A recent article from the Denver Post reveals the central problem with the modern clash between Democrats and Republicans: While both parties seek to protect individual rights in some ways, both seek to violate rights in other ways.
The Post interviews a college student, Tyler Antikainen, about one main issue, gay marriage:
To bolster an anemic U.S. economy, he believes Republican presidential nominee Mitt Romney's business background is an asset. On social issues—particularly support of same-sex marriage—he's in lock step with President Barack Obama.
"So my feeling is: Do I vote for who might be best for the country economically, or for who I agree with and is open-minded socially? I don't know," Antikainen said.
Many voters feel the same angst regarding a variety of issues. Republicans tend to support, if only in rhetoric, freer markets (in some areas), lower taxes, restrained government spending, and less regulation. Democrats tend to support abortion rights, the rights of gay couples to marry, people’s rights to buy and use drugs of their choice, rights of peaceable immigrants to move where they want, and rights of businessmen to hire immigrants.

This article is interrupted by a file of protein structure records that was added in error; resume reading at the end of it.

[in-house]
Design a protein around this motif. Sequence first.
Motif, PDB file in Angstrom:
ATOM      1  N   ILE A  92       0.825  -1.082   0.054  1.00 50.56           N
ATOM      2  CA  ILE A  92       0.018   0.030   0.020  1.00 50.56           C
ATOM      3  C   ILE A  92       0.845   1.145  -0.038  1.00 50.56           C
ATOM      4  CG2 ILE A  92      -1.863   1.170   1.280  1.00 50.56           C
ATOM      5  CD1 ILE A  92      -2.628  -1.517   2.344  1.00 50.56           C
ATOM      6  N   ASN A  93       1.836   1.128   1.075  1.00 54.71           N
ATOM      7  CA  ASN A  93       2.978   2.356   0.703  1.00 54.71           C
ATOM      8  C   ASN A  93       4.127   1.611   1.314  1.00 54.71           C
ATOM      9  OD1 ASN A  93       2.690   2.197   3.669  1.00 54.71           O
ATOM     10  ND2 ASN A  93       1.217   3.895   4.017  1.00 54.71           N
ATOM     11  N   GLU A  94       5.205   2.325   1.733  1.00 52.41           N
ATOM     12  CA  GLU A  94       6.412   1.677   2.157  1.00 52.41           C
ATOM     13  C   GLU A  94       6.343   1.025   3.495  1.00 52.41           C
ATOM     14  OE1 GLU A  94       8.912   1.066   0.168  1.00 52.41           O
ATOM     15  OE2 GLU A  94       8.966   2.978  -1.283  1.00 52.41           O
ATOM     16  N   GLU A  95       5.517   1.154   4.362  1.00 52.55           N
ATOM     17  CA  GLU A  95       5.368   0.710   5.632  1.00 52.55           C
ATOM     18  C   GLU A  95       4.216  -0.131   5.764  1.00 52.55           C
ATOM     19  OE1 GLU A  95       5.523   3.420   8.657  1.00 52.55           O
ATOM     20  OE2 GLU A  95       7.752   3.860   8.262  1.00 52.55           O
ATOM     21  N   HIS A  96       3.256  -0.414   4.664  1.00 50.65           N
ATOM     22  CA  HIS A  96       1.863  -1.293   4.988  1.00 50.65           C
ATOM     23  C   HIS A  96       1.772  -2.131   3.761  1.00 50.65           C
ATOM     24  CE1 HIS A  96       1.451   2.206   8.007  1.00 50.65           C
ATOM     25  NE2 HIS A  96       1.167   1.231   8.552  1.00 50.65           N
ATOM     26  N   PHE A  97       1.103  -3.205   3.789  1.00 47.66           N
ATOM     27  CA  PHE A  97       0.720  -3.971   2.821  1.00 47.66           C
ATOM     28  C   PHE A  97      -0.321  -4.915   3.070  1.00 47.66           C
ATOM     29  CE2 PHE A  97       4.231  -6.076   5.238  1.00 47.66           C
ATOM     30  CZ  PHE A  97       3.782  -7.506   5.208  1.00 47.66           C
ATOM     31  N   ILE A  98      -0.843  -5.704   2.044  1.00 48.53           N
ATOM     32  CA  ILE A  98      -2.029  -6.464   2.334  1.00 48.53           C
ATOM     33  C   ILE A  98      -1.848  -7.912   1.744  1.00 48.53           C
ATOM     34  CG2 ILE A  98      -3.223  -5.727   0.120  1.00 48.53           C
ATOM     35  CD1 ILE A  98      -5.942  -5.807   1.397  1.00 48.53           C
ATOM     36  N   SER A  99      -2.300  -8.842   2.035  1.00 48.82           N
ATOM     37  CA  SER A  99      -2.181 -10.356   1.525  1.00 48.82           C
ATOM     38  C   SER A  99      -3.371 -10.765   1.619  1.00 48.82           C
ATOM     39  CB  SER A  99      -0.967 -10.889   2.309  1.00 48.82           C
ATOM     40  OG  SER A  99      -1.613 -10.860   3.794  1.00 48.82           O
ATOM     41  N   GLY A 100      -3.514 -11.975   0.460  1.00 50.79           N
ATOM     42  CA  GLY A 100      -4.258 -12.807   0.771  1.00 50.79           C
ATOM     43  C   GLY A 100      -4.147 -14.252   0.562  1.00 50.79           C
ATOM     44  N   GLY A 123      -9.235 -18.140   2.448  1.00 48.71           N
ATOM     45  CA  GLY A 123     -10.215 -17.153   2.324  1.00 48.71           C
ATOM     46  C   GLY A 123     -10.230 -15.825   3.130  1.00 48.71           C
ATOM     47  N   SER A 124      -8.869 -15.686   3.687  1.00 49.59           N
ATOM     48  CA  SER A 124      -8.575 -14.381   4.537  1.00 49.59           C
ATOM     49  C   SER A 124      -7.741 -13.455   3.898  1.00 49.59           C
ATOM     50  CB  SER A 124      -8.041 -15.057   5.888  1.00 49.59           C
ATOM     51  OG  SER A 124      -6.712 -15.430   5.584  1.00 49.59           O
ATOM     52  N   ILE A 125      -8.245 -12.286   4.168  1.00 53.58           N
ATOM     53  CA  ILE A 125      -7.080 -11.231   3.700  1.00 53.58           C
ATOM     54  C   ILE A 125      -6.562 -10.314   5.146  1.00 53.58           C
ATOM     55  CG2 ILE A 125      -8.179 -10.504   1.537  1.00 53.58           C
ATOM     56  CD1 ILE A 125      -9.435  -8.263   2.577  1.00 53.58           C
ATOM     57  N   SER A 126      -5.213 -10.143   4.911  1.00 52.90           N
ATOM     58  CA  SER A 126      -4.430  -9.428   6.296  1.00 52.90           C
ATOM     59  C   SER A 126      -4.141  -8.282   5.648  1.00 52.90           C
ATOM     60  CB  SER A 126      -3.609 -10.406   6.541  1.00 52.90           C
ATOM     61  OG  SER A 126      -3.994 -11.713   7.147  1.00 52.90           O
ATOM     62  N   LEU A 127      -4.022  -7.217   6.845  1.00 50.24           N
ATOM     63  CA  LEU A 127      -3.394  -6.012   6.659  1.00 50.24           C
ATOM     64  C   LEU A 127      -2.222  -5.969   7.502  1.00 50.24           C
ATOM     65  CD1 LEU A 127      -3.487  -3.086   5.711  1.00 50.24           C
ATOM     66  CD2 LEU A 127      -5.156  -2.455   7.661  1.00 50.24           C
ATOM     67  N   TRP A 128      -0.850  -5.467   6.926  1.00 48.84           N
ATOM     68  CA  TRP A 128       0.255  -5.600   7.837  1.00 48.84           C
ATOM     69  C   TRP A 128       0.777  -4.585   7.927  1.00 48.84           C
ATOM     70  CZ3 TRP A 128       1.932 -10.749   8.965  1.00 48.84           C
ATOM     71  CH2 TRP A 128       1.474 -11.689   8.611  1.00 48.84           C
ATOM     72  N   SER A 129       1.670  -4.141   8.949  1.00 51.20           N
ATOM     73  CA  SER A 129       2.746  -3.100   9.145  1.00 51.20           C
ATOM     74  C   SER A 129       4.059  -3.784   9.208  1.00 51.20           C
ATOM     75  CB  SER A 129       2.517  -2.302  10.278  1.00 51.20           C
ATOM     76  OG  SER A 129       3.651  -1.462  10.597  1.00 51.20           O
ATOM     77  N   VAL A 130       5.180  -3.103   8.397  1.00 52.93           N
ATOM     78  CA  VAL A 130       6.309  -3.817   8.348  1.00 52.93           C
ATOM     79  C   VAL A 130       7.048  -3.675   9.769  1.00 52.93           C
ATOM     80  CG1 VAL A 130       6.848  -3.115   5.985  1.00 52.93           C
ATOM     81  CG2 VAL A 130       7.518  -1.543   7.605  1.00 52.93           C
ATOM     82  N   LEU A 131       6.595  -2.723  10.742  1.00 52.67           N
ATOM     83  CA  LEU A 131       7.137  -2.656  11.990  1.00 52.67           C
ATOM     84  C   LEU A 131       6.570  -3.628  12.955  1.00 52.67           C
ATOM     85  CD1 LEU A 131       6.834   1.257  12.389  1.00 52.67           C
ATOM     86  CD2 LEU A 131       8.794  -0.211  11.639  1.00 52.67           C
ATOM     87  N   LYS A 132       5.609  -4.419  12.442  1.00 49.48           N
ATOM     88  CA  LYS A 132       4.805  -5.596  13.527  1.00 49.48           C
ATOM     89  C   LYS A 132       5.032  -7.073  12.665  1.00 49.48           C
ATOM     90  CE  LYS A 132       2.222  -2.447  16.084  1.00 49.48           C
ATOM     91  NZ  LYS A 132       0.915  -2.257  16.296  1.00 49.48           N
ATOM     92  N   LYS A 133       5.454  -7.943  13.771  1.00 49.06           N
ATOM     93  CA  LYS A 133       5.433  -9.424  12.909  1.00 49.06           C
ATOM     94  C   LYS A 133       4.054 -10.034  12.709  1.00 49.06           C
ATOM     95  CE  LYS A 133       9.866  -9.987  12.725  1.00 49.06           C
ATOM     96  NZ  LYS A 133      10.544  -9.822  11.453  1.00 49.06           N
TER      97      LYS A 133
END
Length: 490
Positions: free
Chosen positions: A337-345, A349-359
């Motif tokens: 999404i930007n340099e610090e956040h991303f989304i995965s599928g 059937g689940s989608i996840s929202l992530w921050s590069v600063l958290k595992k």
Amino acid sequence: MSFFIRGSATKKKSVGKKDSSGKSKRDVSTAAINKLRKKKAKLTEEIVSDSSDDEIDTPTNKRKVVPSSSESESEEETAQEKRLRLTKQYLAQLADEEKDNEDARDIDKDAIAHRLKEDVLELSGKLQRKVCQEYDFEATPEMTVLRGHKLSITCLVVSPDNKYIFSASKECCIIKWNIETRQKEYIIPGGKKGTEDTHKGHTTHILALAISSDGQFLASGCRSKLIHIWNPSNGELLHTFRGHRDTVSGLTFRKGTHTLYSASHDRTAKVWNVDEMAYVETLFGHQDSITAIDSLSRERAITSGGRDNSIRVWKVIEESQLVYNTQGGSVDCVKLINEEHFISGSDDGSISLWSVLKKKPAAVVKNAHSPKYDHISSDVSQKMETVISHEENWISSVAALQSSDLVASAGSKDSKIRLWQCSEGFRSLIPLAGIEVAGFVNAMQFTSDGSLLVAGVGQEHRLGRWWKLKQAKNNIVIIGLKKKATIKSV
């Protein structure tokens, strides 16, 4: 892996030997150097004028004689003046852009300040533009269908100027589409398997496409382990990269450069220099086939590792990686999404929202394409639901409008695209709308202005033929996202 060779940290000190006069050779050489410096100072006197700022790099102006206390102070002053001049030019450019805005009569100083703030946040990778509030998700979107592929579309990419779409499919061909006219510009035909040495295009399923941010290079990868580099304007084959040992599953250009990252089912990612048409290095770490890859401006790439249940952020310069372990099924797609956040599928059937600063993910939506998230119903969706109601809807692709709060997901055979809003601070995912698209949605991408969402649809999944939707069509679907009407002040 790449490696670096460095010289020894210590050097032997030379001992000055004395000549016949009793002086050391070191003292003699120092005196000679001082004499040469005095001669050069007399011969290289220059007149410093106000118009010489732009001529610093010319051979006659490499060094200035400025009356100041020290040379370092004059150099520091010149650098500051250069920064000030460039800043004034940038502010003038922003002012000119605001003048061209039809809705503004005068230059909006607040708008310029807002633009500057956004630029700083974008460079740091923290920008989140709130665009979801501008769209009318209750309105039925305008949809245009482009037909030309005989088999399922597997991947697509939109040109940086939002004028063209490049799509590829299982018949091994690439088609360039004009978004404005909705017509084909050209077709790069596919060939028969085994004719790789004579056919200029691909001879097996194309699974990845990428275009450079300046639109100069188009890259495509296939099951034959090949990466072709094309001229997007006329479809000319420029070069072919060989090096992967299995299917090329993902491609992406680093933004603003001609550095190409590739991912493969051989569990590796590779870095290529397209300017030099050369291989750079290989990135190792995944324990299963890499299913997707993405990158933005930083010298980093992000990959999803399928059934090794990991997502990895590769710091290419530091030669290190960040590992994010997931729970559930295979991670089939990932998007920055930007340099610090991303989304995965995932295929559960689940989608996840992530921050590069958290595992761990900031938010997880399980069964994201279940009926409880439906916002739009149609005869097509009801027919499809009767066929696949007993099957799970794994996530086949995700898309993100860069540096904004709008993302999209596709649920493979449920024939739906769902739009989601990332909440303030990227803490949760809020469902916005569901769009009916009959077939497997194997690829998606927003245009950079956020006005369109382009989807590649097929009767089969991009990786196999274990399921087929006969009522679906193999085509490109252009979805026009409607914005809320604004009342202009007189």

Craig Biddle offers a powerful case that, this time, voting for the Republican in the presidential race is the best way to slow the progression toward statism, yet it is understandable that many liberty-minded voters struggle with the decision. The best we can hope for is to slow the slide to statism enough that we’re able to spread the moral case for capitalism, change the cultural attitude toward genuine freedom, and thus set the stage for a consistently rights-respecting candidate in the future.
The question that matters in this presidential election is: Which candidate will do less damage and thus buy us more time?
- Romney-Ryan 2012—Ayn Rand Forever
- The Assault on Abortion Rights Undermines All Our Liberties
- Message to Gov. Christie and His Critics: Gay Marriage is a Moral Right
- The Problem of Gary Johnson’s Libertarian Affiliation
- Immigration and Individual Rights